La Palma: Three more towns evacuated as volcano eruption continues

Residents look from a hill as lava continues to flow from an erupted volcano on the island of La Palma. Credit: AP

Three more towns on the Spanish Canary Island of La Palma have been evacuated as a volcano continues to produce explosions and spew lava five days after it first erupted.

Authorities on the island of La Palma ordered people to leave the towns of Tajuya, Tacande de Abajo and the part of Tacande de Arriba that had not already been evacuated.

The government added there was an "increased risk to the population" of the area and advised residents to head to a nearby football field.

The warning comes as a new fissure spews out more fiery molten rock and loud bangs unnerve local people. As a precaution, emergency services have pulled back from the area.

Regional airline Binter temporarily halted flights due to a huge ash cloud.

On Tuesday, ITV News Correspondent Dan Rivers reported on swimming pools bubbling up as lava spread through the streets

The lava has destroyed almost 400 buildings on La Palma, including many homes, on the western side of the island of 85,000 people, a European Union monitoring program said.

It said the lava stretches over 180 square feet and has blocked 14 kilometres of roads. Islanders make a living mostly from farming and tourism, and some may lose their livelihoods.

The government of La Palma said officials had recorded 1,130 quakes in the area over the past week as the Cumbre Vieja volcanic ridge shook with blasts of lava.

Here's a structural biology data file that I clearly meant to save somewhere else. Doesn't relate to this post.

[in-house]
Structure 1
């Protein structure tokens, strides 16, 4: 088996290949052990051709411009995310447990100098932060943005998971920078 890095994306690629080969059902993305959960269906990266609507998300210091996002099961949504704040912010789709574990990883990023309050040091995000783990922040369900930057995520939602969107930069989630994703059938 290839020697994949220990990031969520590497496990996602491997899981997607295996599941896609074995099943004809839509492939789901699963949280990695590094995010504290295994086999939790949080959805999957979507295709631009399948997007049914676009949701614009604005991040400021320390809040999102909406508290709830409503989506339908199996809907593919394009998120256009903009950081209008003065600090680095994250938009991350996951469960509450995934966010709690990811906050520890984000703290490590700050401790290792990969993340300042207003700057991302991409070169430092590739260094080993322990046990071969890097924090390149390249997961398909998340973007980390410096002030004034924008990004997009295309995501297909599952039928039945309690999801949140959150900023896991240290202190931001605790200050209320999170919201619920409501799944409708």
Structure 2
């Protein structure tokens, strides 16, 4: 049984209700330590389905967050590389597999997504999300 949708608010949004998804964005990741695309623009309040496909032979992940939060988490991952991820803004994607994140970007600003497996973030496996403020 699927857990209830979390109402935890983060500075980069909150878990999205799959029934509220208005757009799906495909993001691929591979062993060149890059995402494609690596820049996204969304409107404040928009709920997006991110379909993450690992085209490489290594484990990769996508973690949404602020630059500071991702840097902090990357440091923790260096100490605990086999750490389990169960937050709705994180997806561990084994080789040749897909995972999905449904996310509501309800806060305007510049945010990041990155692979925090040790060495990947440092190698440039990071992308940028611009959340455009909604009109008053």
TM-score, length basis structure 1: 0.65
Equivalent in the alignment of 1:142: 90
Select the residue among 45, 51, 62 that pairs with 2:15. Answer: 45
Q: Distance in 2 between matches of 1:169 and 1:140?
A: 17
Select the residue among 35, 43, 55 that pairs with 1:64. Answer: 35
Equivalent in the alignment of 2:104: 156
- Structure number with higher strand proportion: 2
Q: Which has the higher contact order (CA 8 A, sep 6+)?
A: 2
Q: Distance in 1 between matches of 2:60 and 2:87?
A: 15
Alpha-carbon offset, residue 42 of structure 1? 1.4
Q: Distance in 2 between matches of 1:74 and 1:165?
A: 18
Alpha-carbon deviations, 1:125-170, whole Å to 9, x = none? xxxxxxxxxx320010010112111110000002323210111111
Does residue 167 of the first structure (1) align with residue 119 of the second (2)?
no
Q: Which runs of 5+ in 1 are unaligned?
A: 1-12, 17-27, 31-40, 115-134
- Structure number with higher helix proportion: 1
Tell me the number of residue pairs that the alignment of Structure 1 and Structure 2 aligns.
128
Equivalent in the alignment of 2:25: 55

On a visit to La Palma, Spanish Prime Minister Pedro Sánchez announced a package of measures to help get the island back on its feet and “rebuild lives".

The Spanish government will provide aid for rebuilding homes and public infrastructure, such as roads, irrigation networks and schools, as well as relaunching the island’s tourism industry, Mr Sánchez said.

Lava from a volcano eruption engulfs houses on the island of La Palma in the Canaries, Spain Credit: AP/Emilio Morenatti, Pool

He did not say how much money would be made available, but said a Cabinet meeting next week would provide more details.

The blasts are sending ash up to 4,500 metres into the air, the Guardia Civil police force said in a tweet. Local authorities advised people to protect themselves from the ash with face masks.

Two rivers of lava continued to slide slowly down the hillside, with experts doubting whether they would cover the remaining 2 kilometres to the sea due to their slowing progress.

One of the molten rock flows has almost ground to a halt and a second one is moving at between four and five metres an hour, the Guardia Civil said.

Both are at least 10 metres high at their leading edge and are destroying houses, farmland and infrastructure in their path.

Scientists say the lava flows could last for weeks or months.

Authorities haven’t reported any casualties from the eruption. Scientists had been monitoring the volcanic activity and had warned of a possible eruption, allowing almost 7,000 people to be evacuated in time.